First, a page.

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Anything you resist, persists - and gets stronger.

>> 18 August 2008


Apparently 'working on yourself doesn't work'.

At least according to Ariel and Shya Kane who wrote a book with the same title. I am currently reading books about creativity, personal and spiritual growth, getting things done and how to start.

The book was a quick read and the first night reading in bed I was alone and able to concentrate on the message. As always, I find it hard to 'get it' while reading. Not because of the language per se, but because I cannot get my mind to wrap around it and understand mentally and physically what is meant by the message.

So the authors had explained how to get to the moment and that like on a map, you first need to know where you are to find out how to get to where you want to go. Yes, I get that.

The book continued about 'awareness' - which I already find a difficult word (in the esoteric sense) to deal with - and the difference between change (which 'is incremental and happens over time: past/future') and transformation (which 'is exponential and instantaneous: now'). I was tring to grasp that concept in my late at night mind.

Their explanation on prejudices and how having to be right all the time (even when you're wrong and especially while you're right) gets you in a circle of having to prove the other wrong. To be really alive you have to stop wanting to be right all the time. That still made sense to me although I have a tendency to wanting to be right...

The book continued onto our past and our memories and successfully proved to me why my memories are mostly wrong and if they are right they represent me at that time in the past from which I have evolved since.

And then the book started to go what I call 'a bit weird', i.e. took turn which was a bit too esoteric to my liking. The authors were explaining a private consulting session where just by massaging and 'being present without judging', the consulting woman had a breakdown remembering something from her past which changed her life forever. Yeah, ok then. I continued reading nevertheless.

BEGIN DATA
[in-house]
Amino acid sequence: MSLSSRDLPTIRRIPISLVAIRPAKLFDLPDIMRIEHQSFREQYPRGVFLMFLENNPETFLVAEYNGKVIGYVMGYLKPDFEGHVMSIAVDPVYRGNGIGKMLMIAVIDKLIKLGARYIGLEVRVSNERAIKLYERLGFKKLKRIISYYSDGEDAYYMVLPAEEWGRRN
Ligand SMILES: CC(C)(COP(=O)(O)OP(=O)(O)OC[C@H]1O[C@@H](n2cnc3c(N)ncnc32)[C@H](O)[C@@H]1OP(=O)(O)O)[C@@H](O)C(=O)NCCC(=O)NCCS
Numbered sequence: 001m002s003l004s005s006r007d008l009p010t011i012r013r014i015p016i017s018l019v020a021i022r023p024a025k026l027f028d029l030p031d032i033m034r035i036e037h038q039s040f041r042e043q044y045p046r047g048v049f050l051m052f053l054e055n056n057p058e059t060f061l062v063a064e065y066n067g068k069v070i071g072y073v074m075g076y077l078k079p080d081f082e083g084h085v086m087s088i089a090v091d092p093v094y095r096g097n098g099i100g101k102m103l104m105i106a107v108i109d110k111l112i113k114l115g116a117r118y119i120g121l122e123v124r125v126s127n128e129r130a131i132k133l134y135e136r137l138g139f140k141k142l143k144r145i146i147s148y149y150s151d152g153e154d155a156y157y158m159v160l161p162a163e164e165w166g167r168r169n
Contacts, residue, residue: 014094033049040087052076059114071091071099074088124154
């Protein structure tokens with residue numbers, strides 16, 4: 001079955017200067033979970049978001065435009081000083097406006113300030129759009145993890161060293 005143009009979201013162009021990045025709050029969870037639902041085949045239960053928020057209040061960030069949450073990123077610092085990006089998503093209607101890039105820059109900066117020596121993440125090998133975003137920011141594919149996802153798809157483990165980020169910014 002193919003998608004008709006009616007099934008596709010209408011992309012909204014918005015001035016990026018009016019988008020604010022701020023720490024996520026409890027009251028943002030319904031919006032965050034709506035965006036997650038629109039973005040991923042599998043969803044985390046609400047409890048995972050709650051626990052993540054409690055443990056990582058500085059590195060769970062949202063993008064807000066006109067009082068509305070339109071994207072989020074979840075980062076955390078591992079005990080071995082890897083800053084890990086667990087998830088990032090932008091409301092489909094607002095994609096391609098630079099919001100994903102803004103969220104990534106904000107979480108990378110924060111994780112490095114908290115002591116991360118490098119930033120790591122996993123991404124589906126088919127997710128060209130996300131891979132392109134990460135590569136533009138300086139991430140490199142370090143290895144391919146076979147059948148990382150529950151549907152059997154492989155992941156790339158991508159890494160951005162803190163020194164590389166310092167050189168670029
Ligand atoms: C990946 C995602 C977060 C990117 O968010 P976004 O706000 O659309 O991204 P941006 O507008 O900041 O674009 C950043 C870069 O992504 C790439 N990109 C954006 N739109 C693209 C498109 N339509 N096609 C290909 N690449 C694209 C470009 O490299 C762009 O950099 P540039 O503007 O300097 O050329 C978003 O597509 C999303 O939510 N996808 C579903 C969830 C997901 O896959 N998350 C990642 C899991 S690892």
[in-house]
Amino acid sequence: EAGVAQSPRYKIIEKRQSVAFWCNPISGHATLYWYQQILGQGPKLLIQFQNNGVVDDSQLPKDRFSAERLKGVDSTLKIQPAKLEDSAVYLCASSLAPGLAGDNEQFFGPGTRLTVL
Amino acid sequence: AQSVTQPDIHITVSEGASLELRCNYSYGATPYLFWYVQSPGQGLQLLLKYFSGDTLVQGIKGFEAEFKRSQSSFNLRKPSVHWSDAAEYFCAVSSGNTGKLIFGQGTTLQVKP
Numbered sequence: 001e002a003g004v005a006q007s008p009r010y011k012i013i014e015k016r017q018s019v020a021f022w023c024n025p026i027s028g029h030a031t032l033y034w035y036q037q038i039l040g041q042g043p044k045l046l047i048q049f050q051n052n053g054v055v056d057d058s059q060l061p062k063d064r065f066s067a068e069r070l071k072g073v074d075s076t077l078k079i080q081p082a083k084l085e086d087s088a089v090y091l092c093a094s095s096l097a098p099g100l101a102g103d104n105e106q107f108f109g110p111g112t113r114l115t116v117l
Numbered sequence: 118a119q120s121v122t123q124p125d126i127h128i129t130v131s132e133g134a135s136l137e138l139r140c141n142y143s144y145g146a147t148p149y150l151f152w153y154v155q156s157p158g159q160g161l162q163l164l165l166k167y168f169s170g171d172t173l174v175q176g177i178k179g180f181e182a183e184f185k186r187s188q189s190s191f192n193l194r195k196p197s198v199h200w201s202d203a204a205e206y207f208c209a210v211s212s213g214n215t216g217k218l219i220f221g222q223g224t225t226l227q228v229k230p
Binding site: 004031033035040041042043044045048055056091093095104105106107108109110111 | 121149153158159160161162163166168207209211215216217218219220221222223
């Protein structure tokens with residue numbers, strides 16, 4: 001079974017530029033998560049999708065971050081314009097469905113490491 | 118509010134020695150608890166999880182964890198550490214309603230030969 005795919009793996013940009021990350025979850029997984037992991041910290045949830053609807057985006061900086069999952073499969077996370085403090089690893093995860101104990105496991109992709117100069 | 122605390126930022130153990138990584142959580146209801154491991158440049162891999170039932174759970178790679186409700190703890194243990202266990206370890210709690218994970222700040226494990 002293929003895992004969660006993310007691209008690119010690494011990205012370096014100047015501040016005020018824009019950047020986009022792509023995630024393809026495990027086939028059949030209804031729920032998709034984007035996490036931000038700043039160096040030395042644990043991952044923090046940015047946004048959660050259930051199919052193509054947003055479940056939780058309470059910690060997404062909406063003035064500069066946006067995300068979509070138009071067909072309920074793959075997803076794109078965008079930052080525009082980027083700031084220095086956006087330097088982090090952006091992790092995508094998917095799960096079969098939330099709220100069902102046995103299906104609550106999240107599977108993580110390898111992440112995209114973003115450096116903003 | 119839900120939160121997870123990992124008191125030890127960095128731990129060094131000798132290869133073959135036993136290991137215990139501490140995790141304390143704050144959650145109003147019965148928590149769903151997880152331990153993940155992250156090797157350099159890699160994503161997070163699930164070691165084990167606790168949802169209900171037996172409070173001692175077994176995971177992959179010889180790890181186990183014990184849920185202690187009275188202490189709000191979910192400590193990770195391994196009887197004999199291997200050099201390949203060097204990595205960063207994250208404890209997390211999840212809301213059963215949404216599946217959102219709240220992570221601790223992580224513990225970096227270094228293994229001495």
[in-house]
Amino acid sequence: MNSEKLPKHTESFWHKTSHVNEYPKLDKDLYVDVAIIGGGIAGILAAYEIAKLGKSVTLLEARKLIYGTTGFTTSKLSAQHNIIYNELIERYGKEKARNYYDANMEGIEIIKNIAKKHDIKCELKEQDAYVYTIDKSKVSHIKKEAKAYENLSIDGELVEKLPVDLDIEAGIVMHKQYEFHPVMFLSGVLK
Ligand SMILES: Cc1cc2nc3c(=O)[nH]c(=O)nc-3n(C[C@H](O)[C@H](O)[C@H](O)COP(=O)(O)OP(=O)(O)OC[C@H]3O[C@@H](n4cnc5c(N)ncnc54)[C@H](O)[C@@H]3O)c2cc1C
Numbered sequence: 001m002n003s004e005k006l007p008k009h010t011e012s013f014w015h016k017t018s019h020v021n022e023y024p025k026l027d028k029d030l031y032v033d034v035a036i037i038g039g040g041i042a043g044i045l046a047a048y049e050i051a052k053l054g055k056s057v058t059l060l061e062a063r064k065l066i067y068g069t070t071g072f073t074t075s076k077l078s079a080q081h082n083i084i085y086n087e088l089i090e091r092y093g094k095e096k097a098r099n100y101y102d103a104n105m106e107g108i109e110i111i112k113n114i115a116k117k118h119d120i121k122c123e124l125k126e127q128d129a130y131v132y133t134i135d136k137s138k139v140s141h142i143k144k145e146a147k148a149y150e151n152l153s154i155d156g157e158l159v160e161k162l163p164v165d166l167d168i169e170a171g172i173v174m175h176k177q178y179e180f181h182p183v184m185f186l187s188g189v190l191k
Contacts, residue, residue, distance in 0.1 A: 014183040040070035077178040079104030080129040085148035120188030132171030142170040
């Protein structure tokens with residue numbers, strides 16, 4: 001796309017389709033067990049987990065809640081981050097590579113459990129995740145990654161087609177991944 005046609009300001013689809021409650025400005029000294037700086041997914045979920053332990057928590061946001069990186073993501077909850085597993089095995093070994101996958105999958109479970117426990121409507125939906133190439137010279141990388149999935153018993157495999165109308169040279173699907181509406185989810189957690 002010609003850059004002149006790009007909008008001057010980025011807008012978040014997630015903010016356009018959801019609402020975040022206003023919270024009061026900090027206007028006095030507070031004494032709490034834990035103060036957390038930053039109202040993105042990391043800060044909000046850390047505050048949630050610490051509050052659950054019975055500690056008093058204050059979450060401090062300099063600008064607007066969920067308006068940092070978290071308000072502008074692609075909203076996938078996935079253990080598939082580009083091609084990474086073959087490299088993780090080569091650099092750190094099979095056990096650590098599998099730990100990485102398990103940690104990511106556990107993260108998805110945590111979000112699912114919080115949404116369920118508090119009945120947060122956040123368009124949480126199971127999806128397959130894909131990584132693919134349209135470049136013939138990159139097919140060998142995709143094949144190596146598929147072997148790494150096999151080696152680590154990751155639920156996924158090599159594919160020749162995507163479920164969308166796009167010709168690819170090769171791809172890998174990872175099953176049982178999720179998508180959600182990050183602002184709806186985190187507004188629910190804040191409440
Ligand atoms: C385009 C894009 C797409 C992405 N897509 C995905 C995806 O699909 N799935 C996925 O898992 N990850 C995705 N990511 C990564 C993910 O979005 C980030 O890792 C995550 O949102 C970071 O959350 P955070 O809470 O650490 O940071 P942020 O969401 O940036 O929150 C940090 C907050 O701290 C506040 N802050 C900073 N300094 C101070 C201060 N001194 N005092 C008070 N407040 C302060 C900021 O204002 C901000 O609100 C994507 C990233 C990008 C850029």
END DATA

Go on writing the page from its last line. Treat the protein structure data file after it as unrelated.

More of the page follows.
I could relate again to the explanation they gave of 'being in the moment'. We all think that there has to be a reason for why we are the way we are. Attached to our life story, we blame someone or something. What if there is no reason? Basically, you can't blame how you are being in this moment on the past. You can't fix your childhood or anything else that happened in the past. I can see that.

Getting past the past is done by forgiveness. Forgiving the past instead of working on yourself to try to fix it. Moving from a psychological framework to an anthropological one (notating, neutrally observing what you witness without trying to change what is seen). When you're a child you judge your parent because you are unable to share the adult's perspective - by virtue of age and lack of maturity. The authors suggest that you try 'being' the other person rather than 'judging them from the outside'.
Though I can see their point, I am not sure how a child that was abused for example would be able to do that. Of course I agree that when you forgive you really and above all free yourself. But their example on one of the authors' mother just didn't hit home with me.

The book then continued with the principles of transformation. By this time I was sitting in bed with serious hiccups and was trying to hold my breath, swallow funnily etc to get rid of them. Nothing would do. I was reading the first principle which says

'Anything you resist, persists - and gets stronger'
(for every action there is an equal and opposite reaction).

The second principle says

'No two things can occupy the same space at the same time'.

Physically (no two person can sit in the same chair at the same time) or mentally (you cannot be happy and sad at the same time).
The third principle says

'Anything that you recreate or have be exactly as it is, will complete itself and disappear. In other words, if you let things actually be the way they are, they disappear'.